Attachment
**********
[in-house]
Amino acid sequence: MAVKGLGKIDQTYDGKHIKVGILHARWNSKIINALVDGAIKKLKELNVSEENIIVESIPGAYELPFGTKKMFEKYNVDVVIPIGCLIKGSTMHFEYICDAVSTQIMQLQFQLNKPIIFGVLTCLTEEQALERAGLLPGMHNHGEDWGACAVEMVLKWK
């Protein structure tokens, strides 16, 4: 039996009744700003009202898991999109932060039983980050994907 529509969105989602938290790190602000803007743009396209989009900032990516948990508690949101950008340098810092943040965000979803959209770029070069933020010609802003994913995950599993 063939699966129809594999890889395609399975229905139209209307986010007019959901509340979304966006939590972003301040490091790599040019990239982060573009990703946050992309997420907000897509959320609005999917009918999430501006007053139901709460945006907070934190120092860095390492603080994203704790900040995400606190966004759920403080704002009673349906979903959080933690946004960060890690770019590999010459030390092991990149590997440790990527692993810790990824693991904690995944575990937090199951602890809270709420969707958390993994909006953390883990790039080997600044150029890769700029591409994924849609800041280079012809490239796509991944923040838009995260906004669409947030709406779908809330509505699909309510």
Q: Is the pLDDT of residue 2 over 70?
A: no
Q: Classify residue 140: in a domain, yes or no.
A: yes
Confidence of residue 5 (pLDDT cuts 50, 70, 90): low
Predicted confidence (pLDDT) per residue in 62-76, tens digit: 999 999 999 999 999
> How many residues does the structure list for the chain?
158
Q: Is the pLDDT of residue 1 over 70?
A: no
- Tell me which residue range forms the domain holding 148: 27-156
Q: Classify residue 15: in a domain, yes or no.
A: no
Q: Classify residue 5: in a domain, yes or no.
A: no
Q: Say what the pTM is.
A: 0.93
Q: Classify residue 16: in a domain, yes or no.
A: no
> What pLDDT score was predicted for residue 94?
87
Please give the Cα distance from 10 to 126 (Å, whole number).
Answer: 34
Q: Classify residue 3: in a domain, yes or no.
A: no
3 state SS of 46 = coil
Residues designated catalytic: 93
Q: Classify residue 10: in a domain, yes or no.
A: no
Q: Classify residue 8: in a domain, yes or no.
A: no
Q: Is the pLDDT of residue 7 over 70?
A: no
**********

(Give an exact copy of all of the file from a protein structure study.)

[in-house]
Amino acid sequence: MAVKGLGKIDQTYDGKHIKVGILHARWNSKIINALVDGAIKKLKELNVSEENIIVESIPGAYELPFGTKKMFEKYNVDVVIPIGCLIKGSTMHFEYICDAVSTQIMQLQFQLNKPIIFGVLTCLTEEQALERAGLLPGMHNHGEDWGACAVEMVLKWK
């Protein structure tokens, strides 16, 4: 039996009744700003009202898991999109932060039983980050994907 529509969105989602938290790190602000803007743009396209989009900032990516948990508690949101950008340098810092943040965000979803959209770029070069933020010609802003994913995950599993 063939699966129809594999890889395609399975229905139209209307986010007019959901509340979304966006939590972003301040490091790599040019990239982060573009990703946050992309997420907000897509959320609005999917009918999430501006007053139901709460945006907070934190120092860095390492603080994203704790900040995400606190966004759920403080704002009673349906979903959080933690946004960060890690770019590999010459030390092991990149590997440790990527692993810790990824693991904690995944575990937090199951602890809270709420969707958390993994909006953390883990790039080997600044150029890769700029591409994924849609800041280079012809490239796509991944923040838009995260906004669409947030709406779908809330509505699909309510």
Q: Is the pLDDT of residue 2 over 70?
A: no
Q: Classify residue 140: in a domain, yes or no.
A: yes
Confidence of residue 5 (pLDDT cuts 50, 70, 90): low
Predicted confidence (pLDDT) per residue in 62-76, tens digit: 999 999 999 999 999
> How many residues does the structure list for the chain?
158
Q: Is the pLDDT of residue 1 over 70?
A: no
- Tell me which residue range forms the domain holding 148: 27-156
Q: Classify residue 15: in a domain, yes or no.
A: no
Q: Classify residue 5: in a domain, yes or no.
A: no
Q: Say what the pTM is.
A: 0.93
Q: Classify residue 16: in a domain, yes or no.
A: no
> What pLDDT score was predicted for residue 94?
87
Please give the Cα distance from 10 to 126 (Å, whole number).
Answer: 34
Q: Classify residue 3: in a domain, yes or no.
A: no
3 state SS of 46 = coil
Residues designated catalytic: 93
Q: Classify residue 10: in a domain, yes or no.
A: no
Q: Classify residue 8: in a domain, yes or no.
A: no
Q: Is the pLDDT of residue 7 over 70?
A: no